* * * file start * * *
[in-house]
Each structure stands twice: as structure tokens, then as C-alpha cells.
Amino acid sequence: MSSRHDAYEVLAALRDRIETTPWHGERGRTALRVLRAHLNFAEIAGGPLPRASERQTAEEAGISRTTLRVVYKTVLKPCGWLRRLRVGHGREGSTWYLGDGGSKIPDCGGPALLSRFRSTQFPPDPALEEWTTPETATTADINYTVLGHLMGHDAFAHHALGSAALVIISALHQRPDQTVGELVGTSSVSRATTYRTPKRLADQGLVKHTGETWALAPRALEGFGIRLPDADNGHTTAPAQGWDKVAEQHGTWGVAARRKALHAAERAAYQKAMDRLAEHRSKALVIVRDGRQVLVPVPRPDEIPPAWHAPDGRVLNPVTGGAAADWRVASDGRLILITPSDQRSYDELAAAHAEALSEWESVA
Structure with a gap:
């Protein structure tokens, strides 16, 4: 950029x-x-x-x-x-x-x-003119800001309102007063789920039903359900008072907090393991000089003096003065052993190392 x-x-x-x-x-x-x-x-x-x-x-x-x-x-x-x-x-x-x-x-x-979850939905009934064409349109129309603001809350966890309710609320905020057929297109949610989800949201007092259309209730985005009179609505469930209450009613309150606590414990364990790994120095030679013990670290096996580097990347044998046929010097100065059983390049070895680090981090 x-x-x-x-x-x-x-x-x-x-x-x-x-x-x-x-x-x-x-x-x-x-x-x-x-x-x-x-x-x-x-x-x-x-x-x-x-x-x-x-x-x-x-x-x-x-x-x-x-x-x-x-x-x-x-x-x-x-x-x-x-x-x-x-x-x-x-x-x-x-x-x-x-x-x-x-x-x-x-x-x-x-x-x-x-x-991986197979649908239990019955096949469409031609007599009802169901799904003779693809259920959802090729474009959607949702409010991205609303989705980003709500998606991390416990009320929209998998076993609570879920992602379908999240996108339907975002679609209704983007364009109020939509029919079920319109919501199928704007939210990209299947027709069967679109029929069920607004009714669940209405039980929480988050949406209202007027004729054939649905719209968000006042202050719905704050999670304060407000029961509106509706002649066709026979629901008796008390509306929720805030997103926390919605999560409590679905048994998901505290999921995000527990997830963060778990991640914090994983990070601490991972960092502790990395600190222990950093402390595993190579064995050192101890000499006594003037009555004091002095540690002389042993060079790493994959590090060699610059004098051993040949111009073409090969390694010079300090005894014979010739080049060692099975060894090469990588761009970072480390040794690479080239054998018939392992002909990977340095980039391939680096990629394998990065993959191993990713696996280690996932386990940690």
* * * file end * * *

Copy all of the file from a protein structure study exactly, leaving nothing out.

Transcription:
[in-house]
Each structure stands twice: as structure tokens, then as C-alpha cells.
Amino acid sequence: MSSRHDAYEVLAALRDRIETTPWHGERGRTALRVLRAHLNFAEIAGGPLPRASERQTAEEAGISRTTLRVVYKTVLKPCGWLRRLRVGHGREGSTWYLGDGGSKIPDCGGPALLSRFRSTQFPPDPALEEWTTPETATTADINYTVLGHLMGHDAFAHHALGSAALVIISALHQRPDQTVGELVGTSSVSRATTYRTPKRLADQGLVKHTGETWALAPRALEGFGIRLPDADNGHTTAPAQGWDKVAEQHGTWGVAARRKALHAAERAAYQKAMDRLAEHRSKALVIVRDGRQVLVPVPRPDEIPPAWHAPDGRVLNPVTGGAAADWRVASDGRLILITPSDQRSYDELAAAHAEALSEWESVA
Structure with a gap:
């Protein structure tokens, strides 16, 4: 950029x-x-x-x-x-x-x-003119800001309102007063789920039903359900008072907090393991000089003096003065052993190392 x-x-x-x-x-x-x-x-x-x-x-x-x-x-x-x-x-x-x-x-x-979850939905009934064409349109129309603001809350966890309710609320905020057929297109949610989800949201007092259309209730985005009179609505469930209450009613309150606590414990364990790994120095030679013990670290096996580097990347044998046929010097100065059983390049070895680090981090 x-x-x-x-x-x-x-x-x-x-x-x-x-x-x-x-x-x-x-x-x-x-x-x-x-x-x-x-x-x-x-x-x-x-x-x-x-x-x-x-x-x-x-x-x-x-x-x-x-x-x-x-x-x-x-x-x-x-x-x-x-x-x-x-x-x-x-x-x-x-x-x-x-x-x-x-x-x-x-x-x-x-x-x-x-x-991986197979649908239990019955096949469409031609007599009802169901799904003779693809259920959802090729474009959607949702409010991205609303989705980003709500998606991390416990009320929209998998076993609570879920992602379908999240996108339907975002679609209704983007364009109020939509029919079920319109919501199928704007939210990209299947027709069967679109029929069920607004009714669940209405039980929480988050949406209202007027004729054939649905719209968000006042202050719905704050999670304060407000029961509106509706002649066709026979629901008796008390509306929720805030997103926390919605999560409590679905048994998901505290999921995000527990997830963060778990991640914090994983990070601490991972960092502790990395600190222990950093402390595993190579064995050192101890000499006594003037009555004091002095540690002389042993060079790493994959590090060699610059004098051993040949111009073409090969390694010079300090005894014979010739080049060692099975060894090469990588761009970072480390040794690479080239054998018939392992002909990977340095980039391939680096990629394998990065993959191993990713696996280690996932386990940690």